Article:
In the present article I examine the rhetorical function of the phrase “in the west [the Land of Israel], they laughed at him/it” found in dialectical halakhic contexts in the Babylonian Talmud. I argue that the literary motif of “mocking westerners” allows Babylonian rabbinic authors/redactors to voice reservations about the nominalist or anti-realist orientation of some rabbinic legal interpretation as seen in the use of legal fictions, contrary-to-fact presumptions and judgments, a high degree of intentionalism, and acontextual interpretive techniques. The ability of Babylonian rabbinic authors/redactors to depict the rabbis’ nominalist approach as the object of mockery by various external and, in this case, internal others indicates a high degree of rabbinic self-awareness regarding legal interpretative assumptions and methods. The paper concludes by suggesting that rabbinic nominalism flows from a distinctive and somewhat scandalous rabbinic understanding of divine law—one that self-consciously rejects an ideal of divine law that assumes its truth and verisimilitude.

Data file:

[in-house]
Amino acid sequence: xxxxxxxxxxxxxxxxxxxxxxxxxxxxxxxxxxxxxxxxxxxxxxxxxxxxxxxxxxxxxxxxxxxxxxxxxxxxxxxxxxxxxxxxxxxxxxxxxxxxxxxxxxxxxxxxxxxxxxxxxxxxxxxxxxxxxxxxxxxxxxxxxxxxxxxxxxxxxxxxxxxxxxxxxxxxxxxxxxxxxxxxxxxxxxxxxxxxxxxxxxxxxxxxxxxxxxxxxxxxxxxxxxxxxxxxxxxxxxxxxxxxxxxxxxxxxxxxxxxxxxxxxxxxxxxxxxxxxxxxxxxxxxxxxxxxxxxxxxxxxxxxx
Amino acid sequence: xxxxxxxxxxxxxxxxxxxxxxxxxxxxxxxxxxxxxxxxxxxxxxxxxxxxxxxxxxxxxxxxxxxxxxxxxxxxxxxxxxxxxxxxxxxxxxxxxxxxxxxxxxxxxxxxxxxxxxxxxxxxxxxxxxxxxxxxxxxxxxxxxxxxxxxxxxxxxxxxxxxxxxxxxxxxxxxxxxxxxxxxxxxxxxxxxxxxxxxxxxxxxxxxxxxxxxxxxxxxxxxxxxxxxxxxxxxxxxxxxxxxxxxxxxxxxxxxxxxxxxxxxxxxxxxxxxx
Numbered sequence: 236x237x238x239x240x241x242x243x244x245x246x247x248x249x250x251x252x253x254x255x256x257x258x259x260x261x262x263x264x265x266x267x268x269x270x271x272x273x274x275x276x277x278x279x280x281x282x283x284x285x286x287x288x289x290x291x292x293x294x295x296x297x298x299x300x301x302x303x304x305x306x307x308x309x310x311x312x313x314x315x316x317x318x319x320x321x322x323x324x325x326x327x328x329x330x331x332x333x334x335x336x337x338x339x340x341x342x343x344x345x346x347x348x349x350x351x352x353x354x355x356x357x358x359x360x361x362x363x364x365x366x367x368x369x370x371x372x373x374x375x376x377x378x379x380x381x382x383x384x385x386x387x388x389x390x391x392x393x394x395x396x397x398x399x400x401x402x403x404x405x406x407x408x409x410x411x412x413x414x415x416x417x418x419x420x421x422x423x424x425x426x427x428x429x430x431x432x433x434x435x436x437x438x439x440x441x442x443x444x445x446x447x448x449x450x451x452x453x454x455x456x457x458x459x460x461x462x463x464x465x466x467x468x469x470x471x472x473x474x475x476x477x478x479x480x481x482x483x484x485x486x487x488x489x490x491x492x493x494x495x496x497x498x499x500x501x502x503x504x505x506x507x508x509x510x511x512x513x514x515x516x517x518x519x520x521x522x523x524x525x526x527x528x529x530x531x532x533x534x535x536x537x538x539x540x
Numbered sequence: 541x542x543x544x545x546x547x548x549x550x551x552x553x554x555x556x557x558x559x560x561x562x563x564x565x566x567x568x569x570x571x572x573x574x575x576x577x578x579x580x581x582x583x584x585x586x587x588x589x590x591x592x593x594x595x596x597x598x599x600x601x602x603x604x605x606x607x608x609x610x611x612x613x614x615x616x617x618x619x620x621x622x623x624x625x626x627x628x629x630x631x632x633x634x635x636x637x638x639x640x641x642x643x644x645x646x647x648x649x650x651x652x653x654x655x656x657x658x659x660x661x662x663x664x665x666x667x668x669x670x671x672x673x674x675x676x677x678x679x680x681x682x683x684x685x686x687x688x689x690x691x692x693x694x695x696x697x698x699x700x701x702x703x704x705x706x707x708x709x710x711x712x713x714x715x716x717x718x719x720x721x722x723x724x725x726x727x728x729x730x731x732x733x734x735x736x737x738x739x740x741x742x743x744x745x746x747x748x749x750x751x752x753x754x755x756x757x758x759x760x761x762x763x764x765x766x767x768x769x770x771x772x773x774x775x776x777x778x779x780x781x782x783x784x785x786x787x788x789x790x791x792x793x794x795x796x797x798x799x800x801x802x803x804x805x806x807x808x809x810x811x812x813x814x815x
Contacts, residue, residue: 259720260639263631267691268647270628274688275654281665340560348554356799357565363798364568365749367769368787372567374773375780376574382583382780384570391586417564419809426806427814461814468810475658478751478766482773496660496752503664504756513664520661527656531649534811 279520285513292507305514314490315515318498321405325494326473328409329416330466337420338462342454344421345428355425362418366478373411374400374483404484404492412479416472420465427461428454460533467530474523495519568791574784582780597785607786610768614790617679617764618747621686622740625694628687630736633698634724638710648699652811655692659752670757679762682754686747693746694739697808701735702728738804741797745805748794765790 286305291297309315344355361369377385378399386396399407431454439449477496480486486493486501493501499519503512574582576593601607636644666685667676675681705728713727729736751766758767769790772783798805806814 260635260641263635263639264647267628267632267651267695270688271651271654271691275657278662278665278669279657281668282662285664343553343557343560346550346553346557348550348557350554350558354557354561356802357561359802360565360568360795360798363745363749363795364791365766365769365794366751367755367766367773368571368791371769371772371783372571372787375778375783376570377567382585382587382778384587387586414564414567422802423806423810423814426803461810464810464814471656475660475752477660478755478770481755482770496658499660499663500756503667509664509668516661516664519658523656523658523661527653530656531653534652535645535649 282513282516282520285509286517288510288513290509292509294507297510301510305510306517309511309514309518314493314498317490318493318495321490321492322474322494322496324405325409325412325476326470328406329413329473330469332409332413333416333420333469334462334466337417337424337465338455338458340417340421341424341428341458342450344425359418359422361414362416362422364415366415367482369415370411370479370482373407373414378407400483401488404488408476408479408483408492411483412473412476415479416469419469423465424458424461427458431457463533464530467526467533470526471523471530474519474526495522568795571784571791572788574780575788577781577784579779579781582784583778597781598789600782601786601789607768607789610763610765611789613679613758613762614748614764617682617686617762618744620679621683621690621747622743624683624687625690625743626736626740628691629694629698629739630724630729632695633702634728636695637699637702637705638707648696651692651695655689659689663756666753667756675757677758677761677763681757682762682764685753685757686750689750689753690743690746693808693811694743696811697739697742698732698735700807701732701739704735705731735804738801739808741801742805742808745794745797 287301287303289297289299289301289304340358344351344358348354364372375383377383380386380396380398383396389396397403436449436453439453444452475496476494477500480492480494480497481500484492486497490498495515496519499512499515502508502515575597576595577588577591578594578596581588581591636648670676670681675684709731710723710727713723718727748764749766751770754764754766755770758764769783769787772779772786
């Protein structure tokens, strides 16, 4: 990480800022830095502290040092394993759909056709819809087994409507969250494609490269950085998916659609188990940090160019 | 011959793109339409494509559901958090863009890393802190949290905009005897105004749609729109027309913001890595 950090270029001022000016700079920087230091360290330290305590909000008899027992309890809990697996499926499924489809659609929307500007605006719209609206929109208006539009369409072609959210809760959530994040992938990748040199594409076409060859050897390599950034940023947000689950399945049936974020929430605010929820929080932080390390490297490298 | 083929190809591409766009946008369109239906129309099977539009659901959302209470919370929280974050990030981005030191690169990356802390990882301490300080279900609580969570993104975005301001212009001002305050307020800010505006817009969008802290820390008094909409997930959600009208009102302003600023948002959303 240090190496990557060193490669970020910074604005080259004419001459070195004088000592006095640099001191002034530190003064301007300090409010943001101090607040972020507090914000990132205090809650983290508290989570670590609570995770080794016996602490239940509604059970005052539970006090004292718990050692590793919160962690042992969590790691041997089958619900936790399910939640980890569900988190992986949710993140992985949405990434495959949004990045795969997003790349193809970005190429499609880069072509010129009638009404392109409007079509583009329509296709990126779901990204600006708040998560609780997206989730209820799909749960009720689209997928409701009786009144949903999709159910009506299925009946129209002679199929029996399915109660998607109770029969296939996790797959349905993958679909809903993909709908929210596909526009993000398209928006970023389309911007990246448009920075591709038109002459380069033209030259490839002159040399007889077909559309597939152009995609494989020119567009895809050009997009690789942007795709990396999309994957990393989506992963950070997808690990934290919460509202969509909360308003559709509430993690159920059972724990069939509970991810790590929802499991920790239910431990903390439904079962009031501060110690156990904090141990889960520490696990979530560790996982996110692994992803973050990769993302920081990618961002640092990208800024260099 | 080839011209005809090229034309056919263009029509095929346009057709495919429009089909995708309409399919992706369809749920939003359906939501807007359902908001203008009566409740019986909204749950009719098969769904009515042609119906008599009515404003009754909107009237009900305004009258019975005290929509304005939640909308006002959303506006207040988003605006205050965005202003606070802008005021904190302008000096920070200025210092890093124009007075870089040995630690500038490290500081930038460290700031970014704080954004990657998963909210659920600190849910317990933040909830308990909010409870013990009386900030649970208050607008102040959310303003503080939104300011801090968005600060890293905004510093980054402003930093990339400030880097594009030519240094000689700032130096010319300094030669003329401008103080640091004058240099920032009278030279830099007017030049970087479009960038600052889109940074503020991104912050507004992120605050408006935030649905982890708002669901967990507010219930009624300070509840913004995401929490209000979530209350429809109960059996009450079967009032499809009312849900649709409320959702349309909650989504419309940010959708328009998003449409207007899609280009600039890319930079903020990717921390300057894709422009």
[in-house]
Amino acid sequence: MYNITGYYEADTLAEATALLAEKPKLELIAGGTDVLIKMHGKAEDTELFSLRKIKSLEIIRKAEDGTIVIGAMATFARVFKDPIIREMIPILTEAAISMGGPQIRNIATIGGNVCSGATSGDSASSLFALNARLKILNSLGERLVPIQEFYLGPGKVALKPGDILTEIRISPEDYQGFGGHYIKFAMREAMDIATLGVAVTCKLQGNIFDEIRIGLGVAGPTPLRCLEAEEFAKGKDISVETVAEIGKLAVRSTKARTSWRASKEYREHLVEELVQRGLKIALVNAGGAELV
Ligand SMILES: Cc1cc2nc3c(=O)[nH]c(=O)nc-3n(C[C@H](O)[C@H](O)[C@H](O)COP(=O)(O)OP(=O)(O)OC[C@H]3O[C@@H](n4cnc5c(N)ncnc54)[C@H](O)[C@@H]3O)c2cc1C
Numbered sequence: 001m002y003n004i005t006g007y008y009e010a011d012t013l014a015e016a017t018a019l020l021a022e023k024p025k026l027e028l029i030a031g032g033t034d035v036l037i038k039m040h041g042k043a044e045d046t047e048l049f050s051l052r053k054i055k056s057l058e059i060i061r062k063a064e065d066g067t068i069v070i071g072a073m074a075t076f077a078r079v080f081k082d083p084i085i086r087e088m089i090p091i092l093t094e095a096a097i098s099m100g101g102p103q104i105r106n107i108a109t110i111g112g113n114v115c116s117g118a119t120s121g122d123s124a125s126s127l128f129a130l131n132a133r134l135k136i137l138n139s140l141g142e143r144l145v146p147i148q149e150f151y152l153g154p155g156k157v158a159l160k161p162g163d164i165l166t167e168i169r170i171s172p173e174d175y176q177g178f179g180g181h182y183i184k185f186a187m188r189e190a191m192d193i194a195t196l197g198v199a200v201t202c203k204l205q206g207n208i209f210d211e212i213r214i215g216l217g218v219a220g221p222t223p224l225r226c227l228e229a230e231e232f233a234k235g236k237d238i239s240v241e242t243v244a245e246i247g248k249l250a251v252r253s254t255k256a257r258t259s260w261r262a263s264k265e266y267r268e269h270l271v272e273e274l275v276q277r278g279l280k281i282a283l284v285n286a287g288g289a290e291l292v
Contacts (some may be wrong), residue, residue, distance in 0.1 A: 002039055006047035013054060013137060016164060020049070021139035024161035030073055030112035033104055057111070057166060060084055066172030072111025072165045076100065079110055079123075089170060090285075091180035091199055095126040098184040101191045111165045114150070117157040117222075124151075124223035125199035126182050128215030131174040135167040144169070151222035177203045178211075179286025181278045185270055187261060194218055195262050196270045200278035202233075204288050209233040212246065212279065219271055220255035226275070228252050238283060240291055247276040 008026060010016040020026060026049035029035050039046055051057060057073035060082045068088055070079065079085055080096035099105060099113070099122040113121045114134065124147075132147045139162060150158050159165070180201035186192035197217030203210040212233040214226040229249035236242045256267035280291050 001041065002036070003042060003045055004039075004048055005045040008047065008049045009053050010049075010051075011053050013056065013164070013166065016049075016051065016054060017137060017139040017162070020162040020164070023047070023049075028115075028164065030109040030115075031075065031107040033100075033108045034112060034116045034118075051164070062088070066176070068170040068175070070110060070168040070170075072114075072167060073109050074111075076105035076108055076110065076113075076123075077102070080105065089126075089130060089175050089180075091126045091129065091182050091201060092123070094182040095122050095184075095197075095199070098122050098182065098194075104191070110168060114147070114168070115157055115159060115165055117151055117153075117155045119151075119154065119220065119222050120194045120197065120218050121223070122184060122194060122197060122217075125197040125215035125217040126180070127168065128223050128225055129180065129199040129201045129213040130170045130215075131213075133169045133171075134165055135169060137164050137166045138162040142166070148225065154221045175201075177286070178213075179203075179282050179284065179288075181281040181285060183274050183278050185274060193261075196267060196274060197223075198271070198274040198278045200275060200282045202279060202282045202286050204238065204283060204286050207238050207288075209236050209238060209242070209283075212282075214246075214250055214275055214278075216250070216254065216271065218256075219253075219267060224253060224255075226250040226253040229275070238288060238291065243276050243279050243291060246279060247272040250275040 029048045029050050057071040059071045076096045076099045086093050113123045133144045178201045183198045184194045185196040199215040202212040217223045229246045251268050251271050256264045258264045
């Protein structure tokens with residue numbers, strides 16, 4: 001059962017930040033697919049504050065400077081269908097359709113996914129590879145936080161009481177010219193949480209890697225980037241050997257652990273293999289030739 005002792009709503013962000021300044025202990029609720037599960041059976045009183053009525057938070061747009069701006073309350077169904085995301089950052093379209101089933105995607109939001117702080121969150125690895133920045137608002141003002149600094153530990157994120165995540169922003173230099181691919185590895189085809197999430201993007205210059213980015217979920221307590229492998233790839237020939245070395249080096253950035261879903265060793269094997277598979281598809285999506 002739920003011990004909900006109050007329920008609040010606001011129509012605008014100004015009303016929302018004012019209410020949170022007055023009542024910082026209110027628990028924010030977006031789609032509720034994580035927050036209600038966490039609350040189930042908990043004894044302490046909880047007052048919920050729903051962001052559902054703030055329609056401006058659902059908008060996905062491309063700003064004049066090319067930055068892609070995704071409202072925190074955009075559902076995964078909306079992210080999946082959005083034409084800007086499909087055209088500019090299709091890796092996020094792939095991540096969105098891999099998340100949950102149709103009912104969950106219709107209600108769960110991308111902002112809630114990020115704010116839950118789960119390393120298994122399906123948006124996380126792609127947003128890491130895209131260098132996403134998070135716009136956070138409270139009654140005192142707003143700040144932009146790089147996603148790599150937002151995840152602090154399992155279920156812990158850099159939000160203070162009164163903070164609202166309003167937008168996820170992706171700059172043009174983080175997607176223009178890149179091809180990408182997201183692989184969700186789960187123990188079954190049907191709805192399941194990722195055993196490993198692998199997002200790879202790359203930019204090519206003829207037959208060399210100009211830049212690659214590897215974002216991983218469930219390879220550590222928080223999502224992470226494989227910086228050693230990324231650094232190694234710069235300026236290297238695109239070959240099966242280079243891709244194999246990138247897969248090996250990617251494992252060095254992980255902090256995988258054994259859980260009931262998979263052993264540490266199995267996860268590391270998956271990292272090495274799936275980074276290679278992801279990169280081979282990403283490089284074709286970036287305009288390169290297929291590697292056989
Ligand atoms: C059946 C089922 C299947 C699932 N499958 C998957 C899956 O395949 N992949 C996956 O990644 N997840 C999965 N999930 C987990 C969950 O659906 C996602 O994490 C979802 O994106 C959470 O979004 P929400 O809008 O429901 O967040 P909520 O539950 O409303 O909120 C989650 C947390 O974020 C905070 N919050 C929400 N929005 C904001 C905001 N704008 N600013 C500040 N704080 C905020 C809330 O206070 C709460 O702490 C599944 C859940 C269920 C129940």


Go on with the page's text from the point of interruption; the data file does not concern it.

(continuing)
Schwartz, 1992, supra n.1, drawing on Y. Silman, “Halakhic Determinations of a Nominalistic and Realistic Nature: Legal and Philosophical Considerations”, 12 Dine Israel (1984–85), 249–266 [Hebrew], and others.
For a critique, see Rubenstein, supra n. 1. For further refinement and discussion, see Hayes, 2011, supra n. 1; Schwartz, 2008, supra n.1; Vered Noam, From Qumran to the Rabbinic Revolution: Conceptions of Impurity (2010) [Hebrew].
See, for example, Hayes, 1998, supra n.2; Halbertal, 1997a, supra n.1; Yadin, supra n.2; and Rosen-Zvi, supra n.2, who picks up on Halbertal’s insight that the very juxtaposition of different interpretations is a “consciousness-creating structure” (Halbertal, 1997a, supra n.1 cited in Rosen-Zvi, supra n.2 at 332).